Decision Tree Analysis in Project Management: 4 Steps for Success
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Decision Tree Analysis in Project Management: 4 Steps for Success

Post Author - Jacob Thomas Jacob Thomas Last Updated:

As a project manager, you make important decisions every day. But how can you be sure that the choices you’re making are the best ones for both your individual career and your company as a whole? The answer is found through decision tree analysis.

In this article, you’ll learn exactly what decision tree analysis is and why this exercise can be so beneficial for project managers. We’ll then show you a four-step system you can use to make effective decision trees. Let’s dive in!

What’s a Decision Tree?

A decision tree is a type of diagram that clearly defines potential outcomes for a collection of related choices. In project management, a decision tree analysis exercise will allow project leaders to easily compare different courses of action against each other and evaluate the risks, probabilities of success, and potential benefits associated with each.

It’s important to note that a proper decision tree has four main elements: decision nodes, chance nodes, end nodes, and branches. Let’s briefly explore each of these individually.

  • Decision Nodes: A decision node, represented on our decision tree diagram as a square, indicates a choice that needs to be made.
  • Chance Nodes: A circle represents a chance node and is used to signify uncertain outcomes. These nodes are used when future results are not guaranteed.
  • End Nodes: End nodes, like the name suggests, represent the end of a diagram and illustrates a final outcome.
  • Branches: Lastly, we have branches. Branches are what connect the nodes together. Each branch represents a potential choice and should be clearly labeled.

In general, a decision tree analysis exercise begins with a single decision node, AKA a square. From there, branches are drawn representing various choices and resulting in potential outcomes (i.e. chance nodes).

When the full potential scenario has been played out, an end node is used to signify the final outcome. As you’ll see later in this article, a completed decision tree analysis graph looks like a tree, hence the name.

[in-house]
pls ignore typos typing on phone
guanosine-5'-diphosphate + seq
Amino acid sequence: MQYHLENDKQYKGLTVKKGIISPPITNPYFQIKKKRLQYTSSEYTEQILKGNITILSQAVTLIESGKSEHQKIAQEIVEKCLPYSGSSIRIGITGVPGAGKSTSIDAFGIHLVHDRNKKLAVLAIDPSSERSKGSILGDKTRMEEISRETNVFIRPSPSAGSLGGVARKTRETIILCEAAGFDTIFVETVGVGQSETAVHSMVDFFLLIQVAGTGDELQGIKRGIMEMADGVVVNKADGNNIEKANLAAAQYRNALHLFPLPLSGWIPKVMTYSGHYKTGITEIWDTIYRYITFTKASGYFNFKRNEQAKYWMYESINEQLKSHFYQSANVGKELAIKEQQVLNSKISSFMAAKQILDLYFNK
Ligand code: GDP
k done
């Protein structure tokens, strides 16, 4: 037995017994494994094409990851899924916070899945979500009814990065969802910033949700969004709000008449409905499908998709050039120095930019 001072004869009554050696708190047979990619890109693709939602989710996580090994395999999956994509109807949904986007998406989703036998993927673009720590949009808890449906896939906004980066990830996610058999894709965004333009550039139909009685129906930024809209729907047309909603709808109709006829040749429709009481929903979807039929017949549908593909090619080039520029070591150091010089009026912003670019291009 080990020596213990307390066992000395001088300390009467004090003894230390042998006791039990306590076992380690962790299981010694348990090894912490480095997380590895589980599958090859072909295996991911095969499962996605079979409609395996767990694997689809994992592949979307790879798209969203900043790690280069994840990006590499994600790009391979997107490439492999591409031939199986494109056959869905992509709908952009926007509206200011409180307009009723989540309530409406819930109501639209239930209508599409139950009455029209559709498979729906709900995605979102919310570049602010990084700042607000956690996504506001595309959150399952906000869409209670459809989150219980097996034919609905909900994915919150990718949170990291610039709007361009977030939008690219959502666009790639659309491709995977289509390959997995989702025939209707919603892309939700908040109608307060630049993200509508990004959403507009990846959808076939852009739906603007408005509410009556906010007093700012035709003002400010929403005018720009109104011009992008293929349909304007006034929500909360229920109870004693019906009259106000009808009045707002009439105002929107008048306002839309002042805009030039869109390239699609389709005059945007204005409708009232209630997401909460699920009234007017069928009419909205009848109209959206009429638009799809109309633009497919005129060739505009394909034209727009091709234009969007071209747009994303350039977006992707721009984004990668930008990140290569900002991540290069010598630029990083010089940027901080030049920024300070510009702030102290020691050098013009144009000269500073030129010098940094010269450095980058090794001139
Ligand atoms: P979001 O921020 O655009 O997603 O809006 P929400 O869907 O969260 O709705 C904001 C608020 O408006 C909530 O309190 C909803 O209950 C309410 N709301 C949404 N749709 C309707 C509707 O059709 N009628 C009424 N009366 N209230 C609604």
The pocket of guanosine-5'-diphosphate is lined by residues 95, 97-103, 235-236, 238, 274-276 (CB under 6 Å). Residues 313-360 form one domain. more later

The Benefits of Decision Tree Analysis

As a project manager, every decision you make presents both new threats and fresh opportunities. The decision tree analysis technique allows you to be better prepare for each eventuality and make the most informed choices for each stage of your projects.

There are other benefits as well:

  • Clarity: Decision trees are extremely easy to understand and follow. When structured correctly, each choice and resulting potential outcome flow logically into each other.
  • Efficiency: Building off the last point, because decision trees present information in such a straightforward way, they can be quickly analyzed and used to make crucial decisions.
  • Adaptability: Decision trees can be easily adapted to accommodate new ideas and/or opportunities. Meaning, your tree can grow alongside your projects.
  • Compatibility: The decision tree analysis technique can be used in tandem with other project management methodologies, allowing you complete flexibility as you manage your projects.

Have we convinced you yet of the importance of decision tree analysis? Great! Let’s move on to the next section where we’ll show you how to use this decision-making strategy in your own project management pursuits.

How to Use a Decision Tree in Project Management

You’re now familiar with what a decision tree is and why decision tree analysis can be so beneficial to your project management efforts. Now, let’s take a look at the four steps you need to master to use decision trees effectively.